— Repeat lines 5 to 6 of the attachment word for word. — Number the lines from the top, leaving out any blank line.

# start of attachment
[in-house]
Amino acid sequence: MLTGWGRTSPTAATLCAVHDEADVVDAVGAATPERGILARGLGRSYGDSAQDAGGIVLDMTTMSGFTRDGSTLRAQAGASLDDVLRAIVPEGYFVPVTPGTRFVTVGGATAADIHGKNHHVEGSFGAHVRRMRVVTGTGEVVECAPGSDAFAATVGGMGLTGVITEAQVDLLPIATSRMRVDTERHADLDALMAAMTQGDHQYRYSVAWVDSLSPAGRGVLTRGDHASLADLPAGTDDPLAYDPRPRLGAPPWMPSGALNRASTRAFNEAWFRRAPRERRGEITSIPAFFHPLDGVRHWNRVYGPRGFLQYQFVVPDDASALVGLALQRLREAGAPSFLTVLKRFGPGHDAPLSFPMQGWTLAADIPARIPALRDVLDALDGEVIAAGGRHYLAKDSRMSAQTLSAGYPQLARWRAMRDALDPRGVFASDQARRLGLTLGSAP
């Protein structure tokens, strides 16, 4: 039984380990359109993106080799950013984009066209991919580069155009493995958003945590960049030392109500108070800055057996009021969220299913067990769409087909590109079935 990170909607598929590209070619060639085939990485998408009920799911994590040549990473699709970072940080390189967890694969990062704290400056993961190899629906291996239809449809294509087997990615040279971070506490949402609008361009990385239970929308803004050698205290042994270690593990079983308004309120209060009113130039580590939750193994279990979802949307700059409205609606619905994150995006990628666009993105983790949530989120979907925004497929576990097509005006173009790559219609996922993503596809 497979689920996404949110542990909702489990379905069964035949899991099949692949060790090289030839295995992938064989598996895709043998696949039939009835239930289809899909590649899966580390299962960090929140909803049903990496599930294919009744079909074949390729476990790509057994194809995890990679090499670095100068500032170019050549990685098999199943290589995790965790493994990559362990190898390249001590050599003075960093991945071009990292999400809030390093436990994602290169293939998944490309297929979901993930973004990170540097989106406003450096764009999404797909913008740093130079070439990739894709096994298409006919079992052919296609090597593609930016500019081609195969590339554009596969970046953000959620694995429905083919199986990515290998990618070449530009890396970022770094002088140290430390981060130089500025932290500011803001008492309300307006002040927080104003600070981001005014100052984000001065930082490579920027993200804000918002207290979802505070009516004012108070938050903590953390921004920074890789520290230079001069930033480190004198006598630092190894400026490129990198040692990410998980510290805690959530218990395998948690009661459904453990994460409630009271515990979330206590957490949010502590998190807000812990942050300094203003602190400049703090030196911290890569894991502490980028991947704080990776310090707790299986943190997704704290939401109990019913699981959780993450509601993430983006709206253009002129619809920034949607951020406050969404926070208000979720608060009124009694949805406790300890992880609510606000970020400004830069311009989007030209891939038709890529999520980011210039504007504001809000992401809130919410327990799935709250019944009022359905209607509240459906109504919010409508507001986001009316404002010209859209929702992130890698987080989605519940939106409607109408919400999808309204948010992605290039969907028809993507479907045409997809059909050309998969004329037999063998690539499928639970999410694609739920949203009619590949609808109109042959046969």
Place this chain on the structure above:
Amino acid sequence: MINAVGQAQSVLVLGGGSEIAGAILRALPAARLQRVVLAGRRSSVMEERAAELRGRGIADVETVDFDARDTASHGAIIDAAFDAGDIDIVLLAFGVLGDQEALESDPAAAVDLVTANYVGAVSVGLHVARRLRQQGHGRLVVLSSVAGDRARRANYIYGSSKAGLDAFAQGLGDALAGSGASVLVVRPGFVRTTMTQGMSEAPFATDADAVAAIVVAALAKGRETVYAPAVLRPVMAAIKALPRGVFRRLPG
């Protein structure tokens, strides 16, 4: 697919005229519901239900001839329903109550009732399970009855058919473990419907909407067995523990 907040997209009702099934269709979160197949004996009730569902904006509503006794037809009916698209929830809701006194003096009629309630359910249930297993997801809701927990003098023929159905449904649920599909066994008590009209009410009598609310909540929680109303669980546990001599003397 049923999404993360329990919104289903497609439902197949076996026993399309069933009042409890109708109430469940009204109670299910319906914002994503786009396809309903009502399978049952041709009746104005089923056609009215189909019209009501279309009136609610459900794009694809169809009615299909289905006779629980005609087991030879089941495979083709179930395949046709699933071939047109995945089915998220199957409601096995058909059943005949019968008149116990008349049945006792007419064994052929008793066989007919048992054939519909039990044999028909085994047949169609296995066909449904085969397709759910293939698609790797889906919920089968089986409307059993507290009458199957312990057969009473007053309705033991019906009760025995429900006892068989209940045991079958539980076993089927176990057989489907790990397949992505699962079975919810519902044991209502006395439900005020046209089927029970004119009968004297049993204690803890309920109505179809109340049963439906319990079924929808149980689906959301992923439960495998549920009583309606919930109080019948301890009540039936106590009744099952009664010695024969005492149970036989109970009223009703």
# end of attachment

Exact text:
Amino acid sequence: MINAVGQAQSVLVLGGGSEIAGAILRALPAARLQRVVLAGRRSSVMEERAAELRGRGIADVETVDFDARDTASHGAIIDAAFDAGDIDIVLLAFGVLGDQEALESDPAAAVDLVTANYVGAVSVGLHVARRLRQQGHGRLVVLSSVAGDRARRANYIYGSSKAGLDAFAQGLGDALAGSGASVLVVRPGFVRTTMTQGMSEAPFATDADAVAAIVVAALAKGRETVYAPAVLRPVMAAIKALPRGVFRRLPG
């Protein structure tokens, strides 16, 4: 697919005229519901239900001839329903109550009732399970009855058919473990419907909407067995523990 907040997209009702099934269709979160197949004996009730569902904006509503006794037809009916698209929830809701006194003096009629309630359910249930297993997801809701927990003098023929159905449904649920599909066994008590009209009410009598609310909540929680109303669980546990001599003397 049923999404993360329990919104289903497609439902197949076996026993399309069933009042409890109708109430469940009204109670299910319906914002994503786009396809309903009502399978049952041709009746104005089923056609009215189909019209009501279309009136609610459900794009694809169809009615299909289905006779629980005609087991030879089941495979083709179930395949046709699933071939047109995945089915998220199957409601096995058909059943005949019968008149116990008349049945006792007419064994052929008793066989007919048992054939519909039990044999028909085994047949169609296995066909449904085969397709759910293939698609790797889906919920089968089986409307059993507290009458199957312990057969009473007053309705033991019906009760025995429900006892068989209940045991079958539980076993089927176990057989489907790990397949992505699962079975919810519902044991209502006395439900005020046209089927029970004119009968004297049993204690803890309920109505179809109340049963439906319990079924929808149980689906959301992923439960495998549920009583309606919930109080019948301890009540039936106590009744099952009664010695024969005492149970036989109970009223009703």